Tuesday, January 20, 2009

"To dream . . . the impossible dream . . ."

Like the good Don Quixote, I was looking over my books and writings this morning, checking details in my search for the ultimate meaning of the small mole on the great Don's back, trying not to make so big a mountain of a mole that the mountain won't come to me in a size that I can't handle . . . but perhaps I have faith enough to toss it into the sea.

Speaking of that mole, I spoke of it earlier in noting the mole on the back of the the Muslim conquistador Tarif, who invaded Spain during the initial stage of the Arab Muslim conquest, citing a scholar on this issue:
In the article "De la autoría morisca a la antigüedad sagrada de Granada, rescatada al Islam," Mercedes García-Arenal has noted the connection between the mole on Tarif's back and the 'mole' on Muhammad's back (but does not note a link to Don Quixote):
Luna introduce en su libro, . . . otro pronóstico claramente emparentado con las qisas al-anbiya’: una mujer se acerca al conquistador árabe, el capitán Tarif, recién desembarcado en la península y le reconoce como aquél del que habla un pronóstico que le había transmitido su padre, según el cual un hombre milagroso había de ganar la península y su seña había de ser «un lunar peloso, tan grande como un garvanco, . . . situado sobre el hombro de la mano derecha».:" Esta historia está claramente inspirada en la del monje Bahira, que aparece en todos los compendios de «historias de los profetas», un monje cristiano que fue el primero en reconocer la calidad profética de Mahoma al ver que tenía sobre el hombro derecho un lunar, la marca de la profecía. (García-Arenal, 564)

In his book, Luna introduces . . . an omen clearly related to the al-qisas anbiya' [sic. qisas al-anbiya', i.e., "Stories of the Prophets," adapted from the Qur'an]: a woman approaches the Arab conquistador, the captain Tarif, who has recently landed on the peninsula, and she recognizes him as the one spoken of in an omen handed down by her father, according to which a miraculous man would gain the peninsula, the sign being "a hairy mole, as big as a garbanzo . . . located on the shoulder of the right hand." This story is clearly inspired by that of the monk Bahira, which appears in all compendiums of "Stories of the Prophets," the tale of a Christian monk who was the first to recognize the prophetic qualities of the Prophet Muhammad, for this monk was to discover a mole on his right shoulder, the mark of prophecy. (my translation of García-Arenal, 564; corrections would be appreciated)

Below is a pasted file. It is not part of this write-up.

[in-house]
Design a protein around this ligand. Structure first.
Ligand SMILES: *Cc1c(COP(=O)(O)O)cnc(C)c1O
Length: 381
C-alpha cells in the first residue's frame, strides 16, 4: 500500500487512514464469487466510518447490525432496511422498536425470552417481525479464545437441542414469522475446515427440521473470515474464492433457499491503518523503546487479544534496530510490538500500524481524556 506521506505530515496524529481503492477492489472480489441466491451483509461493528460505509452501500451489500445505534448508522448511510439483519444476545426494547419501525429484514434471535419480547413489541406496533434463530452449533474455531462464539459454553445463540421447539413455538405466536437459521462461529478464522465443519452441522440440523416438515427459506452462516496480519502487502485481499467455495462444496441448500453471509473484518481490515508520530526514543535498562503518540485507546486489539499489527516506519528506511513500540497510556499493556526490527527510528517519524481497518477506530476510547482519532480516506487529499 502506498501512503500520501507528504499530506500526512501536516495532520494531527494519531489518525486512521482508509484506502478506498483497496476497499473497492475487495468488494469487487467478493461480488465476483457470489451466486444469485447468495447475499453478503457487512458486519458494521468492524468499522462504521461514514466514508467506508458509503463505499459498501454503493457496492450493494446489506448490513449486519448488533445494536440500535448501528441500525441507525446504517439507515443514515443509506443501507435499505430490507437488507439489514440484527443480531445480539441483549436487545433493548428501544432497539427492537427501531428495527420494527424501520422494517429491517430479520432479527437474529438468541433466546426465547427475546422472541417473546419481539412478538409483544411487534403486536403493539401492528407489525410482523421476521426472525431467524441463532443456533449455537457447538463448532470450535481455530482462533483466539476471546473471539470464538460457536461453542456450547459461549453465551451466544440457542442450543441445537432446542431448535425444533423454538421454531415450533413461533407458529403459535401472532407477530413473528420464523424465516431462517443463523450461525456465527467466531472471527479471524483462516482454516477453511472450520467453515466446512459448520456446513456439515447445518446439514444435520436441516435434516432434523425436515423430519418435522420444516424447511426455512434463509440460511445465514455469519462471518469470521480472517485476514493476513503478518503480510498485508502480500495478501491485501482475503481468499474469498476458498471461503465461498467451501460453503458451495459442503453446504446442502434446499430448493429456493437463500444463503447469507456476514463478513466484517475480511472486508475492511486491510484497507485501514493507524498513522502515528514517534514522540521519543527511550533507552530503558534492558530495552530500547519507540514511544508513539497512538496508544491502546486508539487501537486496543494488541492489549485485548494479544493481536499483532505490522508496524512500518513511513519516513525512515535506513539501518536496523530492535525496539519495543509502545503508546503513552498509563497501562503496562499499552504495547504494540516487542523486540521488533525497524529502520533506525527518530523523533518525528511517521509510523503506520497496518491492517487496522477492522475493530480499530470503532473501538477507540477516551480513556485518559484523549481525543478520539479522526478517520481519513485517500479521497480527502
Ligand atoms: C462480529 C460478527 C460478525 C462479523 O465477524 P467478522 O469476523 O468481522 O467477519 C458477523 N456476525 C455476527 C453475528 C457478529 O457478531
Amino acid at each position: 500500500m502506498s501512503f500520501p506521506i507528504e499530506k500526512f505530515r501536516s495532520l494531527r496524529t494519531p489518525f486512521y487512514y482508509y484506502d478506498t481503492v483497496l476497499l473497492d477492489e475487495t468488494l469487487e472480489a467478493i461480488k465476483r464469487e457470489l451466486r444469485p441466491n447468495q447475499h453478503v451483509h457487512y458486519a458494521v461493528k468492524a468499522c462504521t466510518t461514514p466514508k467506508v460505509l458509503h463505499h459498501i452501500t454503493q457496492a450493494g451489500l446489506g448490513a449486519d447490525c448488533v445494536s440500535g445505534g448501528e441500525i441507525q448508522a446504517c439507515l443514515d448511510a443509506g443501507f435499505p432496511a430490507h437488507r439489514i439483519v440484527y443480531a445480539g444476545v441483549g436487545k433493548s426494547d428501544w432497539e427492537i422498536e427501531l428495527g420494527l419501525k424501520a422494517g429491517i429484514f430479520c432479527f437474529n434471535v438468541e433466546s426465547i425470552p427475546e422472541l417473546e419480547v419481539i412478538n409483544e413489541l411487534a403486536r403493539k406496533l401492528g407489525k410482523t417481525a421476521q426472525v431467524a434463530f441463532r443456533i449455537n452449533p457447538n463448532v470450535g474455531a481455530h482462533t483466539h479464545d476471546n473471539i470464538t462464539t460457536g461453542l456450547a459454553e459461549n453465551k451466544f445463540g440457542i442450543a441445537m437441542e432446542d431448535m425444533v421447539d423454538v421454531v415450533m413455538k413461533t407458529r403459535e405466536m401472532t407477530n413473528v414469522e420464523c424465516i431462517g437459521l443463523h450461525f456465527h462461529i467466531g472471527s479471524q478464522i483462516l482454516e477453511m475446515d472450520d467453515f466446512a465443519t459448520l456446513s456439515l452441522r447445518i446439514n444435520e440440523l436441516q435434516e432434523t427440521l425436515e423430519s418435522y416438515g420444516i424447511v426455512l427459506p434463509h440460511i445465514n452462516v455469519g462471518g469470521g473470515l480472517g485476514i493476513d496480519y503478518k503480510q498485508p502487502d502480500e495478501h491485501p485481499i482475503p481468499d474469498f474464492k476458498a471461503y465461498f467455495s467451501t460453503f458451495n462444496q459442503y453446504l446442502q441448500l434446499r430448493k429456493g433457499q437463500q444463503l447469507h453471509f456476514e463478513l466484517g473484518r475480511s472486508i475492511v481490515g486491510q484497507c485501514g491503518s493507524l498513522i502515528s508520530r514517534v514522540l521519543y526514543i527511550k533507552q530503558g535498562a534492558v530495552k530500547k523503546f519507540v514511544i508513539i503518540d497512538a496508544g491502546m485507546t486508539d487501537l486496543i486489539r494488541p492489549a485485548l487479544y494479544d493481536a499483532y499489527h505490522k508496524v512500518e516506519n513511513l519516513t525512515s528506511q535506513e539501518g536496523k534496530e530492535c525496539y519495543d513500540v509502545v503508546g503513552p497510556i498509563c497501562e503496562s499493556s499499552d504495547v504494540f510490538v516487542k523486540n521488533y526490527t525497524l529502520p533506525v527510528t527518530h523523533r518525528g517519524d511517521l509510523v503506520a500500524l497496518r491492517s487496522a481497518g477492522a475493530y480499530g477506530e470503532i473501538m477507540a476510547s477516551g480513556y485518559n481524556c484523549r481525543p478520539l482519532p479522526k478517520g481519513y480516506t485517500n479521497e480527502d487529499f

García-Arenal notes the allusion in Luna's passage concerning the mole on Tarif’s back to the Bahira story of the 'mole' on Muhammad's back. Muslim sources, however, generally locate the mark not on Muhammad's right shoulder but on his left shoulder or between his shoulder blades. If any Muslim sources speak of the mole being on Muhammad's right shoulder, then I would appreciate knowing the sources.
I still have no solid hadith that places the mole on Muhammad's right shoulder, but I wonder if there are a few, for I have found that Khwaja Kamal-ud-din mentions the mole being on Muhammad's right shoulder in his 1925 biography of Muhammad:
[Muhammad's] back was broad, and near his right shoulder-blade was a mark like a seal, and in it there was a black mole, somewhat yellowish, around which there was some thick hair. (Kamal-ud-din, The Ideal Prophet: Aspects of the life and qualities of the Holy Prophet Muhammad (Lahore: Ahmadiyya Anjuman Isha’at, 1996 [1925]), page 12)